Table 2 8-Bit encoding scheme.

Image transmission is performed according to the following procedure. First, an image is transformed into a 1-d vector comprised of a series of 256-ary numbers, and the data encoding is done by switching the phase holograms corresponding to each value. At this time, start and stop frames specifying the beginning and end of each data stream are appended every 20 pixels, i.e., 20 symbols, to prevent timing errors between the transmitter and receiver. After free-space propagation, the transmitted laser beam is captured by a CCD camera placed at the receiver, and the trained CNN model decodes the data in real time from the received intensity image.

Figure 8 shows the one result of image transmission performed using the proposed optical link. As a test sample, an Eiffel Tower image of 100 × 150 pixels was sent. Using the proposed 8-bit encoding scheme, we were able to process a total of 120,000 binary data into 15,000 encoding symbols. The measured error rate was 0.05%, and the errors occurred only at 8 pixels: two due to the nearest OAM mode, eight due to the nearest radial mode. A correlation coefficient between the transmitted image and received image was higher than 0.99, which implies that the reconstructed image is almost identical to the transmitted one. Despite the successful image reconstruction with the very high correlation coefficient, a wrong prediction caused by the adjacent radial mode is not negligible. However, one can reduce the error through multiple measurements or proper post-processing algorithms50. For example, a simple way is to conduct image transmission multiple times and extract either the most frequently occurring number or average value per each pixel. The image was transmitted four times consecutively to investigate not only long-term stability but the error reduction, and the error rate of the reconstructed image by extracting the most frequent number per each pixel was 0.

Figure 8
figure 8

Image transmission in the proposed optical link. An Eiffel Tower gray image of 100 × 150 pixels is transmitted and received. An error rate defined as the ratio of the number of incorrect pixels to the total number of pixels was 0.05%.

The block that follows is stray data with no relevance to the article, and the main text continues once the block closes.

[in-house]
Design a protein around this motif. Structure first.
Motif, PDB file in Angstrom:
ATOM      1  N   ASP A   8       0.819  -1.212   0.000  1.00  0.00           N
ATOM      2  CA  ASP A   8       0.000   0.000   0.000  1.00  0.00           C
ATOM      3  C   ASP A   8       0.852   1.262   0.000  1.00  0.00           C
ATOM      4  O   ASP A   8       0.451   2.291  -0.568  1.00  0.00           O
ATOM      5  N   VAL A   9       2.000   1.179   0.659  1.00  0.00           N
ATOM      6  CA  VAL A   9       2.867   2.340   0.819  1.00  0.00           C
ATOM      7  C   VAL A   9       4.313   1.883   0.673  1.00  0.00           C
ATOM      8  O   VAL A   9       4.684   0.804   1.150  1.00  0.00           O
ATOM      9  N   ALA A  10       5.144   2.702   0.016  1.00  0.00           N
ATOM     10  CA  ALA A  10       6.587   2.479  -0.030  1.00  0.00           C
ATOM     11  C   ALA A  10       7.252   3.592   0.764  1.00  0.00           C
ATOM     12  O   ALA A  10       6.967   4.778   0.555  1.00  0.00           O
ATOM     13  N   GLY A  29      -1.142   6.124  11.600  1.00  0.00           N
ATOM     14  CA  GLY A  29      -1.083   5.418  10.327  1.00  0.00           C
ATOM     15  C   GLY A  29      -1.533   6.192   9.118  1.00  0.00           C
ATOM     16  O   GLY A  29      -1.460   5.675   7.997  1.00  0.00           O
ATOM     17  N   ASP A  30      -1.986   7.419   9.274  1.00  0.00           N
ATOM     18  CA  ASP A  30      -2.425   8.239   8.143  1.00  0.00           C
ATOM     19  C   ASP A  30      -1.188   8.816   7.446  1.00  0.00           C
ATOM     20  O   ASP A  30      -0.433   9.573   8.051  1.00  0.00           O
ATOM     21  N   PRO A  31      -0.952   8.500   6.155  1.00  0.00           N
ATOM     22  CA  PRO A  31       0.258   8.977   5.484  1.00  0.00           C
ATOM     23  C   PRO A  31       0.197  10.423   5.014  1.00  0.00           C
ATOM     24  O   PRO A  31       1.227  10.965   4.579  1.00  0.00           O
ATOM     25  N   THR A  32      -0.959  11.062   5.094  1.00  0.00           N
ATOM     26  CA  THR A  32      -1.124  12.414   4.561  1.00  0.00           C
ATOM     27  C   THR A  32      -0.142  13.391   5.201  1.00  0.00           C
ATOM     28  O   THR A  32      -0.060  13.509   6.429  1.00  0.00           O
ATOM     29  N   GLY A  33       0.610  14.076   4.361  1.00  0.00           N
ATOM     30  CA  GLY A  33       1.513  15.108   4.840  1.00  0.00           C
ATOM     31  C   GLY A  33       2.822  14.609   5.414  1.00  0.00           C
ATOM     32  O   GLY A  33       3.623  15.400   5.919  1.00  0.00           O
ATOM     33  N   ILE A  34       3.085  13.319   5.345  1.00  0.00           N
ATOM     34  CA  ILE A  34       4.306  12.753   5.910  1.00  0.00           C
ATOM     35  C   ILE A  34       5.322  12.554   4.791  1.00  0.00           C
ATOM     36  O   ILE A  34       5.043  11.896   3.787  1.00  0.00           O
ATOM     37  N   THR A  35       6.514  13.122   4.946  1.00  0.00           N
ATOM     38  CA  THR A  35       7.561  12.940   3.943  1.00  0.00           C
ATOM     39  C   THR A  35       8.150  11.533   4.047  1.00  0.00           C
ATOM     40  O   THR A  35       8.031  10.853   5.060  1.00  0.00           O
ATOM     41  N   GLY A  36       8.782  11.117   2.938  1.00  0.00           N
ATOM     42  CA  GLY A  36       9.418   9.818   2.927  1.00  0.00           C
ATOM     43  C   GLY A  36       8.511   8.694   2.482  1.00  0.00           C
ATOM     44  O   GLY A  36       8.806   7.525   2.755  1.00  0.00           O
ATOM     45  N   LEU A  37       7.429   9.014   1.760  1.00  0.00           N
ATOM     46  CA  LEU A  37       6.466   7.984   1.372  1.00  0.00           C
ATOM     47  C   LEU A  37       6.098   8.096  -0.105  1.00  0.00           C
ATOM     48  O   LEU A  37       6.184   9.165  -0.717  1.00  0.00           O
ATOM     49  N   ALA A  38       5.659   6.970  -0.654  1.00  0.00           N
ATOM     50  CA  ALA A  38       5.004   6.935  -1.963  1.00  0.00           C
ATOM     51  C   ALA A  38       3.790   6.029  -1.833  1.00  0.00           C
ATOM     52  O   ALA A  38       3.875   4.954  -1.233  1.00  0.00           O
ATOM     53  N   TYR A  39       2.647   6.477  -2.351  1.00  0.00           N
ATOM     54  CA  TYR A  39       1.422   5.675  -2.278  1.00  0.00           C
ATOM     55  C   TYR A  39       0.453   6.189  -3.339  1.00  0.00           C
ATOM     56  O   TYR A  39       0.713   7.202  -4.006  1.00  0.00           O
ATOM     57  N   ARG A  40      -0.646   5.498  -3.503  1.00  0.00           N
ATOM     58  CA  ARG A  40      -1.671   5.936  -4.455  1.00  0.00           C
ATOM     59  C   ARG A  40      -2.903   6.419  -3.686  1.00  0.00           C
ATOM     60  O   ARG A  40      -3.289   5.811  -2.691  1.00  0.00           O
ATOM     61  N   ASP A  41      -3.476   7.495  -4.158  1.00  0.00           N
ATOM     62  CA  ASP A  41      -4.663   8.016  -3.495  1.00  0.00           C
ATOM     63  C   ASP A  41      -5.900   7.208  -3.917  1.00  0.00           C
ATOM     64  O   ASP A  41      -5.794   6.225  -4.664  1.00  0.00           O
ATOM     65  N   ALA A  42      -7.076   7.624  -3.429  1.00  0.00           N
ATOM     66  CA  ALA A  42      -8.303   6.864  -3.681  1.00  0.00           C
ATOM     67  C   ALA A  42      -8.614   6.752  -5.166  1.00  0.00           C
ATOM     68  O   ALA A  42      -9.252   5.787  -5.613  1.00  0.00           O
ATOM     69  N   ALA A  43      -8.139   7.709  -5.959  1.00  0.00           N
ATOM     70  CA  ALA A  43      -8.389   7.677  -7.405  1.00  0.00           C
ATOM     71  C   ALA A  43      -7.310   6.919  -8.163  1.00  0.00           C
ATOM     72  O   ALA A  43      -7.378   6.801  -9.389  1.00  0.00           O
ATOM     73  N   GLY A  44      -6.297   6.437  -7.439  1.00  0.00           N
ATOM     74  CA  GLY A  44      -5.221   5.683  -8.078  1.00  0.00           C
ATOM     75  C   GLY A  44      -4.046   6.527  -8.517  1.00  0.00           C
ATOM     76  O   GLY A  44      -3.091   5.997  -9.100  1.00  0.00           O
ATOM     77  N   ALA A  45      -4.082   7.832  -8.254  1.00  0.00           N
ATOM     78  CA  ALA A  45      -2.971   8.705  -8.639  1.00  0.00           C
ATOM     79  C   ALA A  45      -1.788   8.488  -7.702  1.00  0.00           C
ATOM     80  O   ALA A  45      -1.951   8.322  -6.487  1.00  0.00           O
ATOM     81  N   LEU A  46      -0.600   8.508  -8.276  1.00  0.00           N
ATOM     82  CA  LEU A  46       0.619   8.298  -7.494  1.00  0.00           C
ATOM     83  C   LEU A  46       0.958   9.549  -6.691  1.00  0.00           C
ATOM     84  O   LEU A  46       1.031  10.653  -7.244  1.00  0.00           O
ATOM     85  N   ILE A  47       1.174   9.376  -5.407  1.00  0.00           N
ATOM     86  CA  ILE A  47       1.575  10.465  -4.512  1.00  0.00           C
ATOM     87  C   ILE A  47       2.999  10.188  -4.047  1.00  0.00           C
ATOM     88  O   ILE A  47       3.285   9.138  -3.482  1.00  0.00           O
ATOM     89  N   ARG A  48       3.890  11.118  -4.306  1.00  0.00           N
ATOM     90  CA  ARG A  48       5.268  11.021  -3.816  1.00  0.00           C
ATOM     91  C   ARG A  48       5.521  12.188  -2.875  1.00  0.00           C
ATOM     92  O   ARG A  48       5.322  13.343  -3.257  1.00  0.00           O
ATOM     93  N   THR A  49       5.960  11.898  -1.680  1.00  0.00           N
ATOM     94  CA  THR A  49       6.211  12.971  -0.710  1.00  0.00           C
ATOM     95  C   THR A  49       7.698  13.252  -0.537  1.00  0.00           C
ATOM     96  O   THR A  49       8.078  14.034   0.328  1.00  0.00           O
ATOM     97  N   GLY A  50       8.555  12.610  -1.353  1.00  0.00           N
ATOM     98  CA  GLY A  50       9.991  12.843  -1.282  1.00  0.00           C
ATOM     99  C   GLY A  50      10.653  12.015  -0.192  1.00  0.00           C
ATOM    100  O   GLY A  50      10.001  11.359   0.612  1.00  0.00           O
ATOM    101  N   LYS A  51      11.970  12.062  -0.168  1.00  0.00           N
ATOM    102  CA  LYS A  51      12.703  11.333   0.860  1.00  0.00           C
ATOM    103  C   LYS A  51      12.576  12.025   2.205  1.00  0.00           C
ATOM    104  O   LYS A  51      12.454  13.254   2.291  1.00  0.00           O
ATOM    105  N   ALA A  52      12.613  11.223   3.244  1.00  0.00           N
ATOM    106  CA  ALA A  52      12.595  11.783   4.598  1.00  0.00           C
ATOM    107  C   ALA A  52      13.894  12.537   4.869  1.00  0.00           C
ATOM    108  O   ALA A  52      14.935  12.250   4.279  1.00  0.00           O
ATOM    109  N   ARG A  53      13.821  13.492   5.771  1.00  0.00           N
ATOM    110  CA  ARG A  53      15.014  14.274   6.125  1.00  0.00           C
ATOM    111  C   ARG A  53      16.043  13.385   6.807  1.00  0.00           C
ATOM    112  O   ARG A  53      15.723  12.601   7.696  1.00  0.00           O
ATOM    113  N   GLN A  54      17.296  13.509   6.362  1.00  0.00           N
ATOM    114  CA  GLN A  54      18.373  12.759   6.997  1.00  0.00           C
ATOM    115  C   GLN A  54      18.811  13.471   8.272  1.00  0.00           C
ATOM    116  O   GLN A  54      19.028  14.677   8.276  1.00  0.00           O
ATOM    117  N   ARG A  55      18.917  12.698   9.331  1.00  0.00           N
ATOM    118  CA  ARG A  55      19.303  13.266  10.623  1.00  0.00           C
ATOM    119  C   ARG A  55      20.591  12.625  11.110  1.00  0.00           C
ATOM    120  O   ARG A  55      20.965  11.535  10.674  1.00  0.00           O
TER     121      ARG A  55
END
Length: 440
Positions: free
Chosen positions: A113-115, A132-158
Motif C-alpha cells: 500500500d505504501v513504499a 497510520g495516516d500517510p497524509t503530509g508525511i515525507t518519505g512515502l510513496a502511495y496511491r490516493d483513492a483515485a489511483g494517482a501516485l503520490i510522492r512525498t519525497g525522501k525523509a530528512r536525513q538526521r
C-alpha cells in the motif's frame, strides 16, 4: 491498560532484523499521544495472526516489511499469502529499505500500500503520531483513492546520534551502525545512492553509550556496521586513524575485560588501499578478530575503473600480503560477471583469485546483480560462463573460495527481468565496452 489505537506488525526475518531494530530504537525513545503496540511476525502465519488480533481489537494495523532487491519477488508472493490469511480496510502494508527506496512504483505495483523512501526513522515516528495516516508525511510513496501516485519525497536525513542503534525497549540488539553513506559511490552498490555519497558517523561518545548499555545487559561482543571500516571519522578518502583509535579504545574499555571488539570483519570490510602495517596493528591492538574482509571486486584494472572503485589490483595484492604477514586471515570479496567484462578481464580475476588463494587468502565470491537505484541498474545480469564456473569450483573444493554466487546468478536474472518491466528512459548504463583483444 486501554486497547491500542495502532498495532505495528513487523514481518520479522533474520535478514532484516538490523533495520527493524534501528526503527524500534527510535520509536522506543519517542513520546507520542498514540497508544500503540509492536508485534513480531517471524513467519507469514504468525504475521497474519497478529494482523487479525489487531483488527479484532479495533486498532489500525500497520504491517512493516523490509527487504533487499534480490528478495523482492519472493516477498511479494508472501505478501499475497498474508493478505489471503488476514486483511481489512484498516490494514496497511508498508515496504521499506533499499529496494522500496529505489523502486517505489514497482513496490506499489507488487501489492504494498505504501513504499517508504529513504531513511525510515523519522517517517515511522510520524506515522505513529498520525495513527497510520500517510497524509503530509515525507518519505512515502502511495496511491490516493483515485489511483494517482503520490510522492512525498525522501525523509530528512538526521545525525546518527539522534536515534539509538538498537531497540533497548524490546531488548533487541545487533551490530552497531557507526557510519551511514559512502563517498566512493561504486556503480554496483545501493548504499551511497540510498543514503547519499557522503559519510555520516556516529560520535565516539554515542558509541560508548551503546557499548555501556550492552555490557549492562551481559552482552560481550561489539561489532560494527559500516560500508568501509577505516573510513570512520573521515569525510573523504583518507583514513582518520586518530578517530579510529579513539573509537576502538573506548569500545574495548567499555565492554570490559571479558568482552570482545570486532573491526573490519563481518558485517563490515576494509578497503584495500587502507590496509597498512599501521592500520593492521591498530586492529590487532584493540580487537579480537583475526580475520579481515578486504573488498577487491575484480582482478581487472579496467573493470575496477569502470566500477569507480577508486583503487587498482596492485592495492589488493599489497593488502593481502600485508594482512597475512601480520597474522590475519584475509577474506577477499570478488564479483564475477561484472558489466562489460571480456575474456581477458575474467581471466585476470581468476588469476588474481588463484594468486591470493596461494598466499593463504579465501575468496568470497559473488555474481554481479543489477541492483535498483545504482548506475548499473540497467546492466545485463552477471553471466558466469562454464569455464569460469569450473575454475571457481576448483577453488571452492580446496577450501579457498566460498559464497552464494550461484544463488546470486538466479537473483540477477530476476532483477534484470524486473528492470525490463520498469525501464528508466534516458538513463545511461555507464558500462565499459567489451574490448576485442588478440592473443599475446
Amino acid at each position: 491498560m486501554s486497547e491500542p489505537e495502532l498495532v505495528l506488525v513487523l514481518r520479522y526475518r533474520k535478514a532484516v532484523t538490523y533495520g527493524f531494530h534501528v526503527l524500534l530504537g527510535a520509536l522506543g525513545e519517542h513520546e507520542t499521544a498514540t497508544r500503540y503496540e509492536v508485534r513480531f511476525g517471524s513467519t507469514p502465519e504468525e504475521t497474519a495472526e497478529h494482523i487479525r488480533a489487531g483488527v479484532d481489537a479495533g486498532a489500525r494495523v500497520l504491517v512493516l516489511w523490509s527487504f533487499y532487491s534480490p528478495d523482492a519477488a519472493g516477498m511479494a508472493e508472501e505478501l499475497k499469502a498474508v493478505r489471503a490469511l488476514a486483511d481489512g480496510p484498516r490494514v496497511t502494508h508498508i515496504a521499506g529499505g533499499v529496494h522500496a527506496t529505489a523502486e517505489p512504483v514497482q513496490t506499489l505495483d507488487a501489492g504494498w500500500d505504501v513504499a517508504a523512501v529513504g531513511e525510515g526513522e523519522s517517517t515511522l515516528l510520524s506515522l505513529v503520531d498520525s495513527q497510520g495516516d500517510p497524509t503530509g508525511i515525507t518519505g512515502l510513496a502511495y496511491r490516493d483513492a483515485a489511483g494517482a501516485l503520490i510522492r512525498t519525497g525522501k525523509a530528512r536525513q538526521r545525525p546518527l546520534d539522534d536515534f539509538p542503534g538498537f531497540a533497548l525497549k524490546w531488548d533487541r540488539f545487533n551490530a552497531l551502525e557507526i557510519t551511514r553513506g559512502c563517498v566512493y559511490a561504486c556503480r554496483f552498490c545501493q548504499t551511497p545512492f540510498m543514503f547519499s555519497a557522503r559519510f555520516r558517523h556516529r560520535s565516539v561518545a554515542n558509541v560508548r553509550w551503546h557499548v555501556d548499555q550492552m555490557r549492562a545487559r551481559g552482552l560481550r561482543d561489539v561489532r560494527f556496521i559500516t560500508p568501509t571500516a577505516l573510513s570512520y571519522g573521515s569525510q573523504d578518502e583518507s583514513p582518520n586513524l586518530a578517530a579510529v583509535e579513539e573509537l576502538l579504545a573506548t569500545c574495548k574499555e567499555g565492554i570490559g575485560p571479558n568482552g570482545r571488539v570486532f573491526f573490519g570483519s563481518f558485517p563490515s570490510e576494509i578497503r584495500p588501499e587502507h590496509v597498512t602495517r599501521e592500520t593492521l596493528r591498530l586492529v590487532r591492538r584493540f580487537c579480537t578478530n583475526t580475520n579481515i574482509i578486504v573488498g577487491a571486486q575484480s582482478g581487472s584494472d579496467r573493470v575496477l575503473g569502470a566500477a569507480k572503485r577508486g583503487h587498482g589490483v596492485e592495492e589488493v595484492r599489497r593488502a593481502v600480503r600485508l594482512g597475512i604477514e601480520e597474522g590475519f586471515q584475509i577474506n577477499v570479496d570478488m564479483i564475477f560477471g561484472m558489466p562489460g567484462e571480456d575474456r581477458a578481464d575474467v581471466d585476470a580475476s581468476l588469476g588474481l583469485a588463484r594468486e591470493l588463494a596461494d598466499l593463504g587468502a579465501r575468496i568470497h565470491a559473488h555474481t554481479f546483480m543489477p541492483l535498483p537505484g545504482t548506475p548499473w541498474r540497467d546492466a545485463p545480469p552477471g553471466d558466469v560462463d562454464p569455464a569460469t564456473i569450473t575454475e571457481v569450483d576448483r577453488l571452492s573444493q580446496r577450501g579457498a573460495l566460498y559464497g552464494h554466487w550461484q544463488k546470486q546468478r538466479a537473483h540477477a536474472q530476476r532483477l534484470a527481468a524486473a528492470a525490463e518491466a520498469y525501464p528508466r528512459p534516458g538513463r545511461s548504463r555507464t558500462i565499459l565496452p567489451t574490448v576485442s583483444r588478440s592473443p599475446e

Despite the impressive performance of the deep-learning-based optical link, it is necessary to discuss some critical issues for future practical applications. One thing is the transmission speed associated with data encoding and decoding. Encoding speed is determined by the frame rate of an SLM, which limits the symbol rate of the communication link. In the experiment, the hologram switching rate is set to 2.5 Hz, transmitting 20 bits of information per second. Even if we use the maximum rate of the SLM (60 Hz), the highest achievable data rate is only 480 bits per second. However, the demand for high-speed OAM switching can be addressed by using tunable integrated OAM devices51,52 or DMD53, which can increase the modulation rate up to a few tens of kilohertz or faster. Meanwhile, a camera with a frame rate faster than the refresh rate of a used modulator is needed to capture and decode laser spatial mode varying over time, and it could be addressed by using a CMOS camera. Assuming that the frame rate of a system, made up of a DMD and a CMOS camera, is 1 kHz, the transmission speed that can be achieved with 256-ary spatial mode encoding is just 8 (1 × 8) Kbit/s. However, it is possible to increase the number of bits per symbol by employing more spatial modes and combining the OAM phase shift keying. Note that we achieved 8-bit encoding in an OAM subspace with the radial mode and deep-learning-based high-resolution recognition method. It indicates that the proposed link can transmit numerous data even if the size of the aperture restricts the range of available OAM modes. Besides, the capacity of the communication system can be increased further by combining other photonic DoF (wavelength and polarization)10. In other words, the speed can be doubled by combining two polarization states, and N times further by adding phase shift modulation of fractional modes. The maximum data speed is estimated to be a few hundred Kbit/s. Note that an optical link with a single wavelength was considered. This shows a relatively lower speed compared to fiber-optic communication systems, but the proposed OAM encoding scheme is able to improve physical layer security due to its inherent characteristic that does not depend on mathematical or quantum–mechanical encryption methods5,54. Therefore, the proposed optical link would also be applicable for military communication systems requiring high security.